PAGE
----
The Limits of Labor Legislation Reforms: Rigidity, Growth, and Employment in Brazil (1995–2010)

Jean François Mayer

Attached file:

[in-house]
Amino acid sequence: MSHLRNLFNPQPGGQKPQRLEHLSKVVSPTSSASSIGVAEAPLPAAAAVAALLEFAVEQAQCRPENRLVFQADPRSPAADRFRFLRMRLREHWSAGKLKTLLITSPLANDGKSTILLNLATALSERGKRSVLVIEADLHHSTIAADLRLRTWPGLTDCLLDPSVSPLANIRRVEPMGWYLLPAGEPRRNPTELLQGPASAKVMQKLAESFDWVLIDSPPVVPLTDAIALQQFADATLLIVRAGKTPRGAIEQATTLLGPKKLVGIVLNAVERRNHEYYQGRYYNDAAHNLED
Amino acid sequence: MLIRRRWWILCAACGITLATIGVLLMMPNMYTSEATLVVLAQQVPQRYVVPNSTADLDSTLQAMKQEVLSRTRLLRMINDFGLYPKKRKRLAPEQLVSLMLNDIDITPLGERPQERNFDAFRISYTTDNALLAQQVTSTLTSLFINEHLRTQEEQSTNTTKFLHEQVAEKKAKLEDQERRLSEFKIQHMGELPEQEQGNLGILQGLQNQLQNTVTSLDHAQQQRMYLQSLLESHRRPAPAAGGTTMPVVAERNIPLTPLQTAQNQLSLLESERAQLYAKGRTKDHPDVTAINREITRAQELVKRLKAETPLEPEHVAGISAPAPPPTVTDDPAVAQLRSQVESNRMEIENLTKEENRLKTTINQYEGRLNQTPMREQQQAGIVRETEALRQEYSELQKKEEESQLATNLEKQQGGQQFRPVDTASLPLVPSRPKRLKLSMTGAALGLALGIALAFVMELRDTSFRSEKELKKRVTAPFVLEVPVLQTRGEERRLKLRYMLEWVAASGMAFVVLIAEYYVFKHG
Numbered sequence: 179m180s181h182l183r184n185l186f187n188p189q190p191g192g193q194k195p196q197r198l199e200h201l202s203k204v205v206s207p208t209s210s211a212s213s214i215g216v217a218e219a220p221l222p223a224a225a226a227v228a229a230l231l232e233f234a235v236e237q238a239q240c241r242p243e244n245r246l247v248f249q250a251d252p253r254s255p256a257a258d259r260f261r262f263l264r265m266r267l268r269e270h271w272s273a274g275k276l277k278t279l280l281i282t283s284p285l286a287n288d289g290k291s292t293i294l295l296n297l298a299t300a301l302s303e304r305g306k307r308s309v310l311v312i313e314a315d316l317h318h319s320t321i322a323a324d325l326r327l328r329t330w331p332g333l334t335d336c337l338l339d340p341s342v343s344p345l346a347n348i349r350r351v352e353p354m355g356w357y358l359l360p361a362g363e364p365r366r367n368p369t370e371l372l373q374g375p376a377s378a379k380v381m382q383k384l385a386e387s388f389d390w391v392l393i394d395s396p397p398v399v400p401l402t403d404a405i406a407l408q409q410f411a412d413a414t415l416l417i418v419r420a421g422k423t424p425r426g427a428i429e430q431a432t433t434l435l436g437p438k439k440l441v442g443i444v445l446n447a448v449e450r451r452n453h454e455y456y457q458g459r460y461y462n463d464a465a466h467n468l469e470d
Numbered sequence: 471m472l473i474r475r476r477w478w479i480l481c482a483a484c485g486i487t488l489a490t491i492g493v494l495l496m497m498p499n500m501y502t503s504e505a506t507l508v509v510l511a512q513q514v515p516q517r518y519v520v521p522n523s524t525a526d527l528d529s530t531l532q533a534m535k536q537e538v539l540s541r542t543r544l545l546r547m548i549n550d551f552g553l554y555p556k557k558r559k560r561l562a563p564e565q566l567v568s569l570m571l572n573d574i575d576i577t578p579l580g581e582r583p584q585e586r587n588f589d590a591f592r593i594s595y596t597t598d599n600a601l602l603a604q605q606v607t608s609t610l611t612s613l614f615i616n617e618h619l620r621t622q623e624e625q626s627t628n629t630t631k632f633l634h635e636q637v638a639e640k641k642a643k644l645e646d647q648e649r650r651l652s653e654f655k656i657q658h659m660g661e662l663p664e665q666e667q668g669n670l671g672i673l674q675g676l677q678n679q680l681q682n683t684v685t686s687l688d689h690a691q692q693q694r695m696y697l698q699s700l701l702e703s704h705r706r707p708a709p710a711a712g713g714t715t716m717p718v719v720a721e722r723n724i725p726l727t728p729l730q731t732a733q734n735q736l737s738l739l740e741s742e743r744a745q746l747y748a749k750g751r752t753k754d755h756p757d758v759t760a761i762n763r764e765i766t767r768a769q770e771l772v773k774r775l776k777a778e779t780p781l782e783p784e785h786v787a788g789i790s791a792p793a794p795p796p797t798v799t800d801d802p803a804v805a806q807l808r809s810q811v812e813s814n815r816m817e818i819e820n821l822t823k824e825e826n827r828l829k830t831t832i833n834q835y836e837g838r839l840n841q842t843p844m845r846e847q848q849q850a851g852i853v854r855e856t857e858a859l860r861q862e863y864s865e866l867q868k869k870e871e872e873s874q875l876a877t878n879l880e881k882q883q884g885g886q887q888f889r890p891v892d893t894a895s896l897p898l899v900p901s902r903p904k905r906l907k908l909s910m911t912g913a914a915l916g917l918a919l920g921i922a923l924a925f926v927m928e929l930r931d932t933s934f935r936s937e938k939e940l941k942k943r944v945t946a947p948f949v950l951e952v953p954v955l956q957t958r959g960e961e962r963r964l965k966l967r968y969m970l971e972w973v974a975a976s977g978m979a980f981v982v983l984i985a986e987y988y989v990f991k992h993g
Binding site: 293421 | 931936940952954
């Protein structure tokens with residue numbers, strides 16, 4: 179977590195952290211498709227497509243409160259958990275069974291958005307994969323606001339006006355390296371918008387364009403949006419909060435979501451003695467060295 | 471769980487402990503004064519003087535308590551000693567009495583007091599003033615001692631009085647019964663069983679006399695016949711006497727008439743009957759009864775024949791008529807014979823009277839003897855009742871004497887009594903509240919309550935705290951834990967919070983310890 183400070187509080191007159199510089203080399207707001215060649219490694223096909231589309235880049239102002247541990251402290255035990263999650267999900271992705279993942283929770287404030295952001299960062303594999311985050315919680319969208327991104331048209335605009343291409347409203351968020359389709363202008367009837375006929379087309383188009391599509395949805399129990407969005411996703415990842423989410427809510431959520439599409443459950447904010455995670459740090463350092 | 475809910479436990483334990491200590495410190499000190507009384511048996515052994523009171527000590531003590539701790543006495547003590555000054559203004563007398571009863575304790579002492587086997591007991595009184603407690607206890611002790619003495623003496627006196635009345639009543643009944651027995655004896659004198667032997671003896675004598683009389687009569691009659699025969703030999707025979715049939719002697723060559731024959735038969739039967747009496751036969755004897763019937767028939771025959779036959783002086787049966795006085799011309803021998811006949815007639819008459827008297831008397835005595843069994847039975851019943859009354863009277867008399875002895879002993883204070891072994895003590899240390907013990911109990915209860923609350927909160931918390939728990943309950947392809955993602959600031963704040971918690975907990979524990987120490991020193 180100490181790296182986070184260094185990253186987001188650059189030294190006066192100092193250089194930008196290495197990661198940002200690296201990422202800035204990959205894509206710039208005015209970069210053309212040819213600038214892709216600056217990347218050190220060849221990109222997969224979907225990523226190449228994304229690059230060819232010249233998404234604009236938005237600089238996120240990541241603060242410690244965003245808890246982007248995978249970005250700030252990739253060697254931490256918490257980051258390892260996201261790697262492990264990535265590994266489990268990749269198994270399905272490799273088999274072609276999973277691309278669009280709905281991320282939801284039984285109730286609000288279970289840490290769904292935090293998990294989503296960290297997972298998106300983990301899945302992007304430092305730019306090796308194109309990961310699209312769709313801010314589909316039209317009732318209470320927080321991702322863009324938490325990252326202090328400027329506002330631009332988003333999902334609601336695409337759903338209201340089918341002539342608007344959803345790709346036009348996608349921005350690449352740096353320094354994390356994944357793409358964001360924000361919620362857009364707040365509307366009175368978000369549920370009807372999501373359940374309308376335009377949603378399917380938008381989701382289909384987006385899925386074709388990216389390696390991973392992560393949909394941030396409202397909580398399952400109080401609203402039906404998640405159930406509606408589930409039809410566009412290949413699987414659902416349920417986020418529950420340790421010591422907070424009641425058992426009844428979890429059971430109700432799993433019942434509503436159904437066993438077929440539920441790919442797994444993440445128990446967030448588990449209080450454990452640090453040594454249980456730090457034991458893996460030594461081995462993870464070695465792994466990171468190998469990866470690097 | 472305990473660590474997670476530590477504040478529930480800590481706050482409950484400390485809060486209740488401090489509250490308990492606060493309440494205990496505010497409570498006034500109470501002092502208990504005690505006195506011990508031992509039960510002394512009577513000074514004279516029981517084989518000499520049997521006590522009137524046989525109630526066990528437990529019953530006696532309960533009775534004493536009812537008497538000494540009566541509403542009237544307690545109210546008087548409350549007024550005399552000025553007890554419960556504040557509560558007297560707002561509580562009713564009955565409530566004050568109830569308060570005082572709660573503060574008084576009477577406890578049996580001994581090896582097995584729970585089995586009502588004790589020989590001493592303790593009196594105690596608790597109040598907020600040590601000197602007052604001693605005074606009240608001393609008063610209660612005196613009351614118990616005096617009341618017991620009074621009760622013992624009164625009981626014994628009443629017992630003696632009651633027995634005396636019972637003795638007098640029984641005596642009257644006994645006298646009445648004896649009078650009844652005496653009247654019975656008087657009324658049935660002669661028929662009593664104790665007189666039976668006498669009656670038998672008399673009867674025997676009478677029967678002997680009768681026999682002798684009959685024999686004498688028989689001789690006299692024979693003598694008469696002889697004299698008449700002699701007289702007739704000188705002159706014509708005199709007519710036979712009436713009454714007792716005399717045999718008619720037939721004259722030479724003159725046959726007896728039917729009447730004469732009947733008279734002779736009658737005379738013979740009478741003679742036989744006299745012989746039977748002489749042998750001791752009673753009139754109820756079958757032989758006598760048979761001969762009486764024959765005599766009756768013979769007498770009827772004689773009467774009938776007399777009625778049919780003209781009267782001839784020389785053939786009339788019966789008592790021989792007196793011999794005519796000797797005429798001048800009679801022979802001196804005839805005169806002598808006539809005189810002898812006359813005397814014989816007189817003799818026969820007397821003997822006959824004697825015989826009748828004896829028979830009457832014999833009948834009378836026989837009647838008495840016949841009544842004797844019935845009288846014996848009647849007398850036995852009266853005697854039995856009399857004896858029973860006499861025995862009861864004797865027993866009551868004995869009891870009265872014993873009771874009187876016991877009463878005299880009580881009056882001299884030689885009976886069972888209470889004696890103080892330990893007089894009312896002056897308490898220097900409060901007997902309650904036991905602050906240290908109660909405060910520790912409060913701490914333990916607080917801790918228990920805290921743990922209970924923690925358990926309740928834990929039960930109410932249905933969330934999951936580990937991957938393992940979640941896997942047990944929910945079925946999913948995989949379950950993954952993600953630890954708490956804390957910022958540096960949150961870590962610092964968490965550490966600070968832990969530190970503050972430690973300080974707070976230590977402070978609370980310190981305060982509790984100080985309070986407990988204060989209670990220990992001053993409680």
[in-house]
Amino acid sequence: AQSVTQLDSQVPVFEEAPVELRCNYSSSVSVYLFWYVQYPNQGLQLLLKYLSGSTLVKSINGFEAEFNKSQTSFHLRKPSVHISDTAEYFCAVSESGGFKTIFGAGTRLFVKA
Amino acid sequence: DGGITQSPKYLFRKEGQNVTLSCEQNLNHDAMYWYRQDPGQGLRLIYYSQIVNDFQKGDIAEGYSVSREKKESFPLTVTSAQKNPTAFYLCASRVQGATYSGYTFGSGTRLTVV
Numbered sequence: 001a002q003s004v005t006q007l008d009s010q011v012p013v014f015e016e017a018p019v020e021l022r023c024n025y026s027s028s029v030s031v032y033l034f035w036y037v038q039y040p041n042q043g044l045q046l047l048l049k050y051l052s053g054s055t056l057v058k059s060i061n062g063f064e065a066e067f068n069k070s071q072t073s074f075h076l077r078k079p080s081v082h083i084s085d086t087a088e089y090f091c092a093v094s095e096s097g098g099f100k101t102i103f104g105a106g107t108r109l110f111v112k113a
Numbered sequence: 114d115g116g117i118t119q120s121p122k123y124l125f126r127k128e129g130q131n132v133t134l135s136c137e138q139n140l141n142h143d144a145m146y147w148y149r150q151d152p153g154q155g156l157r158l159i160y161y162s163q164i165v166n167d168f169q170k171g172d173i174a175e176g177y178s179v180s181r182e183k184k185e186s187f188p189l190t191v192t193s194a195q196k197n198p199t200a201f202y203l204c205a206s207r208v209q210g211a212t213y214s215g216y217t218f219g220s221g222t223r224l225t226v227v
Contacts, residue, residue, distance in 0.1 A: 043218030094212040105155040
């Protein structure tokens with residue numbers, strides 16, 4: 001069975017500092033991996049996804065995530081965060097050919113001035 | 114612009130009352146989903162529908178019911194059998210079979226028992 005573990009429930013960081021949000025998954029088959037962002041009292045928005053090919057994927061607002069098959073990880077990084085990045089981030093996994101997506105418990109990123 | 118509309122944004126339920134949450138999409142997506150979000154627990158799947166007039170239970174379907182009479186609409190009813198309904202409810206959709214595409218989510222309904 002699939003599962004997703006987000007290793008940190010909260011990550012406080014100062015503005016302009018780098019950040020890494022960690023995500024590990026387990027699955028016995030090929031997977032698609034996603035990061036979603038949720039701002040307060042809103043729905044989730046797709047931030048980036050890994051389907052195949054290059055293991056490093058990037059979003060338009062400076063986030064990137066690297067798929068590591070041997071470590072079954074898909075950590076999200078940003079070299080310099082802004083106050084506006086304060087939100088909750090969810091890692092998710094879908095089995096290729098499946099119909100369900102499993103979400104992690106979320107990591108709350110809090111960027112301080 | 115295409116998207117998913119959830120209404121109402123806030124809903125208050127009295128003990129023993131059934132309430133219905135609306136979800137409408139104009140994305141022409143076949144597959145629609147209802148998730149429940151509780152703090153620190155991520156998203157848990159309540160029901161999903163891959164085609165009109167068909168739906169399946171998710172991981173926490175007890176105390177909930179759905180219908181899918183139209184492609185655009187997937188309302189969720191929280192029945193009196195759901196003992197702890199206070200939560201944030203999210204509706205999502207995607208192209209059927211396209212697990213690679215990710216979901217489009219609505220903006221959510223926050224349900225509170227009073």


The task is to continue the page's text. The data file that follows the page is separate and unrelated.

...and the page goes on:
The literature addressing market dynamics typically assumes that reforming labor legislation has a direct impact on economic performance, the configuration of labor markets, and the strength of labor organizations. Within this literature one prevalent school of thought advocates flexibilizing labor laws as the key to creating economic prosperity, enhancing labor productivity, increasing formal sector employment, and successfully fighting poverty and socioeconomic inequality. I test these assumptions by analyzing the case of Brazil between 1995 and 2010. My findings suggest that reforms seeking to flexibilize the Brazilian labor code do not significantly change the country’s labor market or economy. I propose that transformations in international economic contexts as well as differing policy orientations of successive Brazilian federal governments may hold more explanatory power in accounting for labor market changes during this time period.

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